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Winter Light

by on December 17, 2011

We thought we were ready.

Knew the rules. Prepared. Read the books. Even watched the cornball TV shows. We’d planned.  Plans didn’t help. Nothing helped.

They were supposed to be killable. That’s what the book said. They couldn’t run. They couldn’t climb. Shot to the head, another one to be sure. And when they’d risen before, that was how it worked. Katy knew, because she’d done it. Lived through the Rising of ’93, she had. Shot thirty-five of them. ‘Course, Amy knew too, and she’d shot twenty-seven in the Rising of ’95, and she didn’t make this one, but Katy had. Not that it made sense why one made it and the other didn’t. Not that anything made sense. Because this Rising wasn’t like all the others. This Rising….this one had him. That’s why I’m recording this. have to explain. have to w-


The captain swore. He had hoped the battery would last longer. But he’d gotten caught up in the monologue, of course, and now, now he’d have to wait another day before he could draw a battery from their precious, rapidly dwindling supply. And he didn’t even know if he had another day.

Katy looked sympathetically at him as she wiped down the barrel of her rifle with an old cleaning rag. Not that there was any real reason to polish the barrel till it shined; they had so little ammunition left that she wouldn’t have the chance to use it much longer anyway. But Katy was a neat freak, always had been. The captain, wildly disorganized in the days before, had counted that as one of the reasons why he had meant to marry her. Of course he hadn’t, he’d waited just a day too long…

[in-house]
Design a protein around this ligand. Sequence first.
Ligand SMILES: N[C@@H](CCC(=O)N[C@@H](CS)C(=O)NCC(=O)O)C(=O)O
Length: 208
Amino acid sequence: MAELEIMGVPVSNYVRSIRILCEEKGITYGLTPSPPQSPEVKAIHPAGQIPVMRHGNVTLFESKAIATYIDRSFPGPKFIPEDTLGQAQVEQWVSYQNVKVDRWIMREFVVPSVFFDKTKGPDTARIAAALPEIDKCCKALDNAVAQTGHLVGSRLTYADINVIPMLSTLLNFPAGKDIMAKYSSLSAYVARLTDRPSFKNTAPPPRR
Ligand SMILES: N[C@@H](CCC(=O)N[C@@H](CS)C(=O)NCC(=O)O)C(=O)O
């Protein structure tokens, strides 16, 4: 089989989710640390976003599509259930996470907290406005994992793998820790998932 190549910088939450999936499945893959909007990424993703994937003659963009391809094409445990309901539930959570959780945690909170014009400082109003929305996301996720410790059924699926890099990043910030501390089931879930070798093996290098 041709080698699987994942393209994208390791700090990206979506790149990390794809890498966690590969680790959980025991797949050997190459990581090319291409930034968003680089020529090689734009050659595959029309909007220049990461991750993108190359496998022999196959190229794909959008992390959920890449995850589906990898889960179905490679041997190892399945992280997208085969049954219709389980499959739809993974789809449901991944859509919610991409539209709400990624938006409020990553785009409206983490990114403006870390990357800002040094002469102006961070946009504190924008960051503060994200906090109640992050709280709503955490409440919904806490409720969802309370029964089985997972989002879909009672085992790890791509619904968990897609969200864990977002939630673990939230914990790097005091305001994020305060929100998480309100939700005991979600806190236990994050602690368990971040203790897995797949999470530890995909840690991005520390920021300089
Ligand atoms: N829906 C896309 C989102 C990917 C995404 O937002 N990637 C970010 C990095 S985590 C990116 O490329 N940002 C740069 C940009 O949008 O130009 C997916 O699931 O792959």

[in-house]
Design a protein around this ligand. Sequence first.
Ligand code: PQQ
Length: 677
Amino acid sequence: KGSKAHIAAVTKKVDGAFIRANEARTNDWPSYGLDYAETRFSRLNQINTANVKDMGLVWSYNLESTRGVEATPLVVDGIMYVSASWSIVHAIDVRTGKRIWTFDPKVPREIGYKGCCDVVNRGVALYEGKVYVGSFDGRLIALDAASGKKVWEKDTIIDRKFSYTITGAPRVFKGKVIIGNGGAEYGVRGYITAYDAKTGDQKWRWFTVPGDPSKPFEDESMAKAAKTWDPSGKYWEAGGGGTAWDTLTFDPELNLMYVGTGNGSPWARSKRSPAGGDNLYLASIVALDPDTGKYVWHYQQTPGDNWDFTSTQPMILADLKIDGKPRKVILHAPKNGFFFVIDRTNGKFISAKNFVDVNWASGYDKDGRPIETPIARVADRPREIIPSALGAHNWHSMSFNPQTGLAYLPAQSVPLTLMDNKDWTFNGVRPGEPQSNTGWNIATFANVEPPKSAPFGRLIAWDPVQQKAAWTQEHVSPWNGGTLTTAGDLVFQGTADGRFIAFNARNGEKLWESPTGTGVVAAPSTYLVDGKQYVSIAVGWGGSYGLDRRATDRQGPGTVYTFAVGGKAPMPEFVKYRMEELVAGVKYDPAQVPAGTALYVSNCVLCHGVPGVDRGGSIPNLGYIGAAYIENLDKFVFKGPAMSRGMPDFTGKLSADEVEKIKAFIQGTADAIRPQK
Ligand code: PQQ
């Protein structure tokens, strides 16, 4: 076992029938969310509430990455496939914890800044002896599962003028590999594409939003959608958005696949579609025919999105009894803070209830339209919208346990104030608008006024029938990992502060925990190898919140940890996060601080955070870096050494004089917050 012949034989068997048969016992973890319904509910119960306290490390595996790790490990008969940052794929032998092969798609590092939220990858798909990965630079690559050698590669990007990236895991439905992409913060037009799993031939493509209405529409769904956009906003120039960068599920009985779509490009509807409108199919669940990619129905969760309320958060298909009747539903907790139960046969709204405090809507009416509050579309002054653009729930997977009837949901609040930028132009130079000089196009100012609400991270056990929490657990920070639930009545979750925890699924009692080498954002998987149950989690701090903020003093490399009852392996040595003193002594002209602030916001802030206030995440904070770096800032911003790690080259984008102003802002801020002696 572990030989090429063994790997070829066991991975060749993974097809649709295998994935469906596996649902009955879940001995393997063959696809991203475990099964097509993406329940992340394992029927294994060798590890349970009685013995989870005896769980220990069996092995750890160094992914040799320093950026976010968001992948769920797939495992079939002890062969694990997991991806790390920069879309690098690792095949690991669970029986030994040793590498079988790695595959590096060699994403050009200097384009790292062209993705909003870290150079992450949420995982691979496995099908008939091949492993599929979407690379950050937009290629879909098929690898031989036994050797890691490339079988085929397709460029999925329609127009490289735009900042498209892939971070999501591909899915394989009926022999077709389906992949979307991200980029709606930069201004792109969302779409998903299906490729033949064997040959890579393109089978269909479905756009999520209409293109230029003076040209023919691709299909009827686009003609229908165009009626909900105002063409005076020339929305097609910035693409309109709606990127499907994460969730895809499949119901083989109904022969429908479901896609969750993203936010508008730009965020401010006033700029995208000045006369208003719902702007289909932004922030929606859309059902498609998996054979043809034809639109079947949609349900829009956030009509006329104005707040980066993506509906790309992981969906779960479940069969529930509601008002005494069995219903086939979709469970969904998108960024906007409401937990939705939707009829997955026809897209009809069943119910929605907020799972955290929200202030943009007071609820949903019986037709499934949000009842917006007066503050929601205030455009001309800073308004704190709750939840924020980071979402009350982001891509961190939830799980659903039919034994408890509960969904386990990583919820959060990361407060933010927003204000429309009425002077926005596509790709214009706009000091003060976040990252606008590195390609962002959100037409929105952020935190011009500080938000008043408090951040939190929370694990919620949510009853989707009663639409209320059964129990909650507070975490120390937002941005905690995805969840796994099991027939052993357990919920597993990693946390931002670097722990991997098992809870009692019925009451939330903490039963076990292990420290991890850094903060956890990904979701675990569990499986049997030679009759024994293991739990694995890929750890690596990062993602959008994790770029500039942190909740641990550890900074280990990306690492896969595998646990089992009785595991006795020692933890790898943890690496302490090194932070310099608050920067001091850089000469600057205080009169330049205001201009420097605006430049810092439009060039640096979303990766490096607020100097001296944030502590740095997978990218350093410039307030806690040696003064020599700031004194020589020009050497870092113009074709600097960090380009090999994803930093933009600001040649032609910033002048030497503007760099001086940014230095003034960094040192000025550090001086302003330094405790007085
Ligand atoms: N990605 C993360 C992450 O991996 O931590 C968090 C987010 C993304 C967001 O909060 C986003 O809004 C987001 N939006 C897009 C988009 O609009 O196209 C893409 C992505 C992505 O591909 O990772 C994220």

“I’m sure you’ll be able to finish that in the morning,” she said.

“If there is a morning.”

“Oh, don’t be like that. We could have lots of mornings. You’ll see!”  her falsely cheery voice rang tinny and hollow off the walls of their bunker.

“Yeah, and I could turn into a yellow-tailed dolphin,” growled Boots, their sole remaining comrade. No one could remember his real name, and he was never in the mood to say himself.

Katy winced and motioned rapidly for him to shut up, but it was too late. The captain had heard the words. He turned away from the dead recorder and looked disconsolately towards the wall. His hand drifted to his pocket, where a small glass figurine of a dolphin shone glittering in its own yellow light. He could still remember his sister, little Elena. She had so loved the sea, splashing about in its waters, spluttering as the salty waves hit her and then popping back up in irrepressible delight. And she had most loved the dolphins. He hadn’t seen them for a good long while. Almost as long as he had missed El-

The alarm cut into his thoughts. And just as it did, he saw them. Advancing in a tight formation across the field outside the hideout. They were quiet, not moaning or making so much as a screech. They were careful, staying together, keeping their heads down. They climbed neatly over the stone embankment that had once been guaranteed to keep them out. And, of course, they were dead.

No one spoke as they gathered their weapons. They all knew what this meant. Once the enemy found prey, they just kept on coming and coming and coming. Chances of survival were practically nil, and that was assuming he didn’t show up. The captain knew he had something to do with it, knew he’d figured out how to control those creatures, and he had meant to record his knowledge as a warning, but there’d never be time now. He cleared his mind from everything except the cold determination to take as many of those things with him as he could. Then he glanced at Katy, coolly siting down the barrel of her rifle as she took aim, and he forgot his determination entirely. He considered speaking. Maybe, if by some miracle they did get out of this…